Error Handling in Anaconda
I’m working on designing error handling screens in Anaconda. I’ve come up with a list of different screens and their issues, and I’ve begun to sketch a few of them out.
- Insufficient RAM for Anaconda
- This needs two different screens, one if RAM is sufficient for Fedora but not for the installer being used and the other for if RAM is insufficient for Fedora.
- Media Verification Failure
- Incompatible Repository
- This is only an issue if the user is going through a graphical install, but using a Kickstart file to automatically pre-fill some of the fields with the user’s choices.
- Unreacheable/Nonexistent Repository
- Same as above
- Incompatible Graphics Card
- With an incompatible graphics card, would we even be able to show them anything? I don’t know what this error would do to the screen output.
- Network Connection Interrupted
- This needs two slightly different screens – netinstall requires a connection, whereas a full install only uses it for optional packages. This could actually be a total of four screens, if the user’s got a wireless connection we may want to suggest they use a wired one instead. Wired connections are usually more reliable for this sort of thing.
- Unknown Error
- What kind of choices should there be for the user? The current version of Anaconda has Debug, Save, and Exit. Debug sends the user to tty1 and opens pdb, a python debugger. This choice is useless for most people, but it is useful for the Anaconda developers. It is also useful if an Anaconda developer is in contact with the person experiencing an error, as the developer can direct a user on how to use it to help troubleshoot. Exit will take the user out of the installation process. Save will save the details of the error to a location of the user’s choice. This uses libreport/ABRT, and might have Bugzilla integrated.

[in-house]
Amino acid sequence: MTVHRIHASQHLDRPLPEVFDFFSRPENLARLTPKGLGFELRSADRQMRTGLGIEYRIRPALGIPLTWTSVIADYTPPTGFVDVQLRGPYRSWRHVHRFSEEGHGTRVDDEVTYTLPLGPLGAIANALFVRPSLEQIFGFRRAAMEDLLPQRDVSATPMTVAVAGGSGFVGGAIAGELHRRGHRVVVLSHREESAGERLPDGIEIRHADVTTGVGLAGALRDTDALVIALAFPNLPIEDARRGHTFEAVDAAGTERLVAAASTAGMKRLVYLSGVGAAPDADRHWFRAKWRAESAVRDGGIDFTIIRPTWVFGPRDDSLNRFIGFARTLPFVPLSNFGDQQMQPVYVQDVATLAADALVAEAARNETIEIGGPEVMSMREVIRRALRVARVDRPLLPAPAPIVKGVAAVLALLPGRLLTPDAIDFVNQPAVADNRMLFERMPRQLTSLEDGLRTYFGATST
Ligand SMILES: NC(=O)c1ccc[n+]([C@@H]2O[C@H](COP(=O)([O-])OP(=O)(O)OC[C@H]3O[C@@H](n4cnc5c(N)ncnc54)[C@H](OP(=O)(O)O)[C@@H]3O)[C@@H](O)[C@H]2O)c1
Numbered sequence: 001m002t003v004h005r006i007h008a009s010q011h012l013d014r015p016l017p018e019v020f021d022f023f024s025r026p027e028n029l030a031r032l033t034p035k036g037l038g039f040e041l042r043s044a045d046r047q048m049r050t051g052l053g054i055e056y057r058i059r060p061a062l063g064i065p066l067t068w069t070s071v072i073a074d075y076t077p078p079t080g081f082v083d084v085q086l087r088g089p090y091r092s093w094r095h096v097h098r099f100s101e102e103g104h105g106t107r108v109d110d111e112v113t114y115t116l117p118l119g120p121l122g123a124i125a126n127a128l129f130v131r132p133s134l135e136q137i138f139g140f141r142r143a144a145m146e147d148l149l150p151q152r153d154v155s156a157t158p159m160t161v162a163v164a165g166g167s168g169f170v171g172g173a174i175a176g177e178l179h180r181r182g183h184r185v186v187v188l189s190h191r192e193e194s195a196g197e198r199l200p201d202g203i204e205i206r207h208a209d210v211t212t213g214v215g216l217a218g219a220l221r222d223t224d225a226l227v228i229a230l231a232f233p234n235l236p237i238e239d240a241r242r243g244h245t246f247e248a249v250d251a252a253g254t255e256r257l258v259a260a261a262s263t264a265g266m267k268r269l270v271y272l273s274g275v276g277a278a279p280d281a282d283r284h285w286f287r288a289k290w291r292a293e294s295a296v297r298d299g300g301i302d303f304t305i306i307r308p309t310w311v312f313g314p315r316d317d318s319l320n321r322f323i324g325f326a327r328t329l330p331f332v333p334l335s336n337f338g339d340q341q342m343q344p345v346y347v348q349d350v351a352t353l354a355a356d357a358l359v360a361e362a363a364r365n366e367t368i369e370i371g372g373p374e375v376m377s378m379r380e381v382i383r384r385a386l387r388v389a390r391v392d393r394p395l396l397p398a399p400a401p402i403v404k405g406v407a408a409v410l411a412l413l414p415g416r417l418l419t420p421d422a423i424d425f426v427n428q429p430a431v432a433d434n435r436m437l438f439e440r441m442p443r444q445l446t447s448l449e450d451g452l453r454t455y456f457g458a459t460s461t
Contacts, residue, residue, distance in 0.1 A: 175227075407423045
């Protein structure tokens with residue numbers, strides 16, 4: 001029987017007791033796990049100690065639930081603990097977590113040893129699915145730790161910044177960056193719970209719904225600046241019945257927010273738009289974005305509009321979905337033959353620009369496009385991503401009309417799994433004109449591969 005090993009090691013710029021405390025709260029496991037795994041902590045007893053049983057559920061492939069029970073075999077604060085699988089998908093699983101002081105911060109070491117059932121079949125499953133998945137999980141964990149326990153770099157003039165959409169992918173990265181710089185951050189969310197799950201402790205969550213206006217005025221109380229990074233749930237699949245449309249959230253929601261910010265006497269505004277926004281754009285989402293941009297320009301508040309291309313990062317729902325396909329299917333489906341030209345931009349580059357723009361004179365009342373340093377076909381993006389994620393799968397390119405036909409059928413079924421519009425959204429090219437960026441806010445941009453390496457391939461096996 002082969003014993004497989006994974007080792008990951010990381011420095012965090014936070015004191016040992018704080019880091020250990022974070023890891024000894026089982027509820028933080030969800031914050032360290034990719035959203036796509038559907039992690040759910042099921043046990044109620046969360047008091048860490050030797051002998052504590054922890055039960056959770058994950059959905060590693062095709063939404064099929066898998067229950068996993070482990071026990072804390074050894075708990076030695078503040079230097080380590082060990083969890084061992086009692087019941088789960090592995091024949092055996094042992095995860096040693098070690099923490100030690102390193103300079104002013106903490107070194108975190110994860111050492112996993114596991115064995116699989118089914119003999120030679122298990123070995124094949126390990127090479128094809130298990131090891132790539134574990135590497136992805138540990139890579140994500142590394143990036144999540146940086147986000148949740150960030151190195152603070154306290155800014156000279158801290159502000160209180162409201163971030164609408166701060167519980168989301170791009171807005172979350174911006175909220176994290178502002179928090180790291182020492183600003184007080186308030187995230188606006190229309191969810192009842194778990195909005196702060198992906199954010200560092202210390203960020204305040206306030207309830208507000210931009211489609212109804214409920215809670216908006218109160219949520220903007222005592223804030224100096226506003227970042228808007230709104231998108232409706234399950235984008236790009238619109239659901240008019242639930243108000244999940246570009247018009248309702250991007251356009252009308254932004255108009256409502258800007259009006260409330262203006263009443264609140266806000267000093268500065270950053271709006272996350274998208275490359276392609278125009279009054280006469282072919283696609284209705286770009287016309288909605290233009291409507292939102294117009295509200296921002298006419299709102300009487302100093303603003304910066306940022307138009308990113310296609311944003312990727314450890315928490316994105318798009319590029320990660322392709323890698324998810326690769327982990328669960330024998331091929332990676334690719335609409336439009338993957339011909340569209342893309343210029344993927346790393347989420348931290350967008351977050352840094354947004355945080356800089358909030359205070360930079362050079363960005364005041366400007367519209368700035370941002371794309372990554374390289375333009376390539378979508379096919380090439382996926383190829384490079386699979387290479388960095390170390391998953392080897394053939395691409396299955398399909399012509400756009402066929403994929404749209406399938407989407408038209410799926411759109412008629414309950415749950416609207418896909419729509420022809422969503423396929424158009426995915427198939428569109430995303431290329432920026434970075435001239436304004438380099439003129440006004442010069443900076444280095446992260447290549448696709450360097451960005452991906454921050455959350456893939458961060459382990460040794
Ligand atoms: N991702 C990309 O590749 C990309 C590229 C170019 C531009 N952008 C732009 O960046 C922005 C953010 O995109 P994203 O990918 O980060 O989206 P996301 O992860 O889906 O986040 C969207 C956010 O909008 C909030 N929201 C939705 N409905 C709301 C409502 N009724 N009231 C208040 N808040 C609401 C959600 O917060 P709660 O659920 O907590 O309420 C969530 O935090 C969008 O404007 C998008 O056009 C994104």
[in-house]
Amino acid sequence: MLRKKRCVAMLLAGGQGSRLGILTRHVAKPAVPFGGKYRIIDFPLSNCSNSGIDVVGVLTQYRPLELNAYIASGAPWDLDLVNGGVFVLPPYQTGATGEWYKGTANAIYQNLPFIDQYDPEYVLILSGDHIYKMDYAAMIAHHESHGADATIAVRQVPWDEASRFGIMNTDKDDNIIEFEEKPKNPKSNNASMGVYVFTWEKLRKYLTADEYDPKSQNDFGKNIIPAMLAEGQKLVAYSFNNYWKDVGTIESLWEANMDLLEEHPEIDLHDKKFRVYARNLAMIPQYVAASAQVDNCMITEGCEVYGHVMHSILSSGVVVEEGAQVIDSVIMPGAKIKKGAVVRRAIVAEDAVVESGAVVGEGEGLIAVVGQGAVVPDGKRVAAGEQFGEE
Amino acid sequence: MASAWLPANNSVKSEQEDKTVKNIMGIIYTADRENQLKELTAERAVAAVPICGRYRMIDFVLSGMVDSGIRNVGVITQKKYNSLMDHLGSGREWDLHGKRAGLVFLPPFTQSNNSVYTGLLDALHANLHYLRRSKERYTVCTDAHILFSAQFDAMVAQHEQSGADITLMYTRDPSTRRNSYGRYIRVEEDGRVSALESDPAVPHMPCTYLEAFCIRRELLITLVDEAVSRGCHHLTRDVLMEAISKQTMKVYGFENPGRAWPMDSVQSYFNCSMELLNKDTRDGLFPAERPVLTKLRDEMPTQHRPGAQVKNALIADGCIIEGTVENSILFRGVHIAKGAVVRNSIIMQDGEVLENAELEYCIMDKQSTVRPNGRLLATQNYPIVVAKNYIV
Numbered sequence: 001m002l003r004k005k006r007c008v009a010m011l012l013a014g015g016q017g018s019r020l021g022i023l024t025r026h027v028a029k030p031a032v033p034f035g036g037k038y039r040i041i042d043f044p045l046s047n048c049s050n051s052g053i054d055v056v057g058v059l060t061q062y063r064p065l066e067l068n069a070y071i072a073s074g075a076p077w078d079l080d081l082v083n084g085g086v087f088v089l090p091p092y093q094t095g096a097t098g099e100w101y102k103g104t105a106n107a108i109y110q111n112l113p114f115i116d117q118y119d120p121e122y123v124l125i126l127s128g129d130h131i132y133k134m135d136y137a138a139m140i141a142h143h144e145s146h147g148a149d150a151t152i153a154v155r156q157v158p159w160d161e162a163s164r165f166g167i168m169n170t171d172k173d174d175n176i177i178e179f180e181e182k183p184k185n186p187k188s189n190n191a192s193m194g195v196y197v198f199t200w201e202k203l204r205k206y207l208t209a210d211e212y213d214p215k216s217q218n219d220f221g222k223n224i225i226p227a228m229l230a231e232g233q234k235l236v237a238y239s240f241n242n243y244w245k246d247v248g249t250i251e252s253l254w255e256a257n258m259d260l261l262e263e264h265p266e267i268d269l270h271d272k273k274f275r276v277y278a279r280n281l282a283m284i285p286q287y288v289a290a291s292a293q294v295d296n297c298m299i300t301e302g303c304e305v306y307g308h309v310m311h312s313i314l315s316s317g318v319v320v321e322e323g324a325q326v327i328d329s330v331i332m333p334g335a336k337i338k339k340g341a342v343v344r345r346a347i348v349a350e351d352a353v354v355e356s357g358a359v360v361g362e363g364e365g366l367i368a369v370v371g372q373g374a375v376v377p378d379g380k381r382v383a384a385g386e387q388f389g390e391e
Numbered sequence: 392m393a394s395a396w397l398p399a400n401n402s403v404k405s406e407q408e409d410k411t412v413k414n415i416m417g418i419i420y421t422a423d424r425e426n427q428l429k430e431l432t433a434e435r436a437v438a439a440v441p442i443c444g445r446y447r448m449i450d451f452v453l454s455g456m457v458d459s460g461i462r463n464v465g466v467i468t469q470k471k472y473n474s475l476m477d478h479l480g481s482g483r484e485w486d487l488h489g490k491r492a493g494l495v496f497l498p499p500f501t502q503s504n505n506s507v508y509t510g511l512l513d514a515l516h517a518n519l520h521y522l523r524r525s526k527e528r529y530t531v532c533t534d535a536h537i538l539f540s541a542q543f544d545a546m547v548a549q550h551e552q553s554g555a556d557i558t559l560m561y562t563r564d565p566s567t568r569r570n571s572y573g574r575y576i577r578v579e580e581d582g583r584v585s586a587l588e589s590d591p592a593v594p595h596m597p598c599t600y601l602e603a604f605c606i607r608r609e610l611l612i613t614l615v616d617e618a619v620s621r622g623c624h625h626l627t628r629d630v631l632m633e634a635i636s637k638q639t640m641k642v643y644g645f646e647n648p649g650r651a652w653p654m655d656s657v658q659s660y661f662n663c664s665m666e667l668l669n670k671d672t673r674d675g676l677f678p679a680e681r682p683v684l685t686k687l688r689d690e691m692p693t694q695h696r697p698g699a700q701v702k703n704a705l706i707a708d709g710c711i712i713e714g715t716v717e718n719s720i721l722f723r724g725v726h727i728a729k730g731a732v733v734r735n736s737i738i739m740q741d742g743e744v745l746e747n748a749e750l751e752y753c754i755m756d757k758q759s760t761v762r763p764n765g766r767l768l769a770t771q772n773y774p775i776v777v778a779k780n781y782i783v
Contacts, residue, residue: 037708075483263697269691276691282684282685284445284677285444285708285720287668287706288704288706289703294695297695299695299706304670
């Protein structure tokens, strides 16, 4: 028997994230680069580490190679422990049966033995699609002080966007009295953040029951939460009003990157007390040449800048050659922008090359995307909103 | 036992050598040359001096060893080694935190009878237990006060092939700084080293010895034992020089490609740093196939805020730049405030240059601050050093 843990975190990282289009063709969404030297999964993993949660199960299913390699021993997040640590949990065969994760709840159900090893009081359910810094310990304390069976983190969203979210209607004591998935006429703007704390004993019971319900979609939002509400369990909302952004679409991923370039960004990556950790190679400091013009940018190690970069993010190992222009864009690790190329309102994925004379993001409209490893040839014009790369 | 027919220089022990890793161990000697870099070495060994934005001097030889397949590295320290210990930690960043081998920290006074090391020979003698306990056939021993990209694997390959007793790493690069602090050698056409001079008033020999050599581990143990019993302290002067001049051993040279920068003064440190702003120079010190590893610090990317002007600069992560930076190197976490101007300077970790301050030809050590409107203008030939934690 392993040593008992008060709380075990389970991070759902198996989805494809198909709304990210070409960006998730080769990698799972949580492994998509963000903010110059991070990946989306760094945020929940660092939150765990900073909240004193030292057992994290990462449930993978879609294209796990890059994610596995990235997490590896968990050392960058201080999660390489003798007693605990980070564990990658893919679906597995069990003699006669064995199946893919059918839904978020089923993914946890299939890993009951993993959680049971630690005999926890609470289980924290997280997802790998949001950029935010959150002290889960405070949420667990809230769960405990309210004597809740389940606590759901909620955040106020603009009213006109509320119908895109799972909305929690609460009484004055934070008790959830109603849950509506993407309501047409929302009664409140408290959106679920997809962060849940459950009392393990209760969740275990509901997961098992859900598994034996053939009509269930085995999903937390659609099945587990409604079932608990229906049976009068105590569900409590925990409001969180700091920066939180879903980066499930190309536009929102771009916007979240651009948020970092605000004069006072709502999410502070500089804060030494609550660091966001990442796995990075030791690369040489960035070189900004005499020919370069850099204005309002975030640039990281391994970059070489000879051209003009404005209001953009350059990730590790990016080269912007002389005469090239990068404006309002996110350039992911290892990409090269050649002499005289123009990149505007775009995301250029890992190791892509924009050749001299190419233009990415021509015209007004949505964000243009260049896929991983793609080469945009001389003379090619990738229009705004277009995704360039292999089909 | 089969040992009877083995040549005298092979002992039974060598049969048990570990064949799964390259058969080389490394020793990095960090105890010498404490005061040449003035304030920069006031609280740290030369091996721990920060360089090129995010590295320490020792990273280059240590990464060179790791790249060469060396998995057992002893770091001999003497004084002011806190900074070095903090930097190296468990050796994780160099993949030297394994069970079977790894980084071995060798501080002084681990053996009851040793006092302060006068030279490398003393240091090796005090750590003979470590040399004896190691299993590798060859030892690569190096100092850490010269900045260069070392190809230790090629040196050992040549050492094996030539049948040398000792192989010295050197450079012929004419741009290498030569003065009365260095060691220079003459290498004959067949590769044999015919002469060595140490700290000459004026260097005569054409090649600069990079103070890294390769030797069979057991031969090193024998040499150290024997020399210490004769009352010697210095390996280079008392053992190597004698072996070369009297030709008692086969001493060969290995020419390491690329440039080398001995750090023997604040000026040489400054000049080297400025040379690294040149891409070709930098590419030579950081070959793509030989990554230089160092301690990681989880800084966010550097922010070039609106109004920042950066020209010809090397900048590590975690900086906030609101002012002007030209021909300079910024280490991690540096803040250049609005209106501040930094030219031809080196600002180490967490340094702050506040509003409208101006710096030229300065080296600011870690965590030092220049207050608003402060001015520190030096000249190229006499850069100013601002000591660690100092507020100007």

I’ve come up with some potential screen designs based on the required elements of the error screen and the optional elements. Required elements are things like a statement of the problem; there’s no point having an error screen that doesn’t tell the user what the error is. Optional elements are things like error icons, or potential reasons the user may be having this problem. For example, the Network Failure screen requires the problem and the user’s choices, but it could optionally include an icon, suggestions for how to fix/diagnose the problem and avoid a repeat, and possible reasons the problem may have occurred.
I’m trying to stay consistent with the designs for the other Anaconda screens, you can see some of them on Máirín Duffy’s blog.
Here’s a mock-up of what someone using a graphical install and pre-filling fields with a Kickstart file may see:
If it’s feasible to detect their architecture for them, it might be helpful to display it, which is what the grey text under the URL is for- where it says [architecture] it would be neat if we could tell them what architecture it is. If that’s not an option we can just delete that part.
And here’s what it might look like if you’ve lost your network connection:
What do you think? Have I missed anything? Is there anything that could be done better? Tell me what you think in the comments!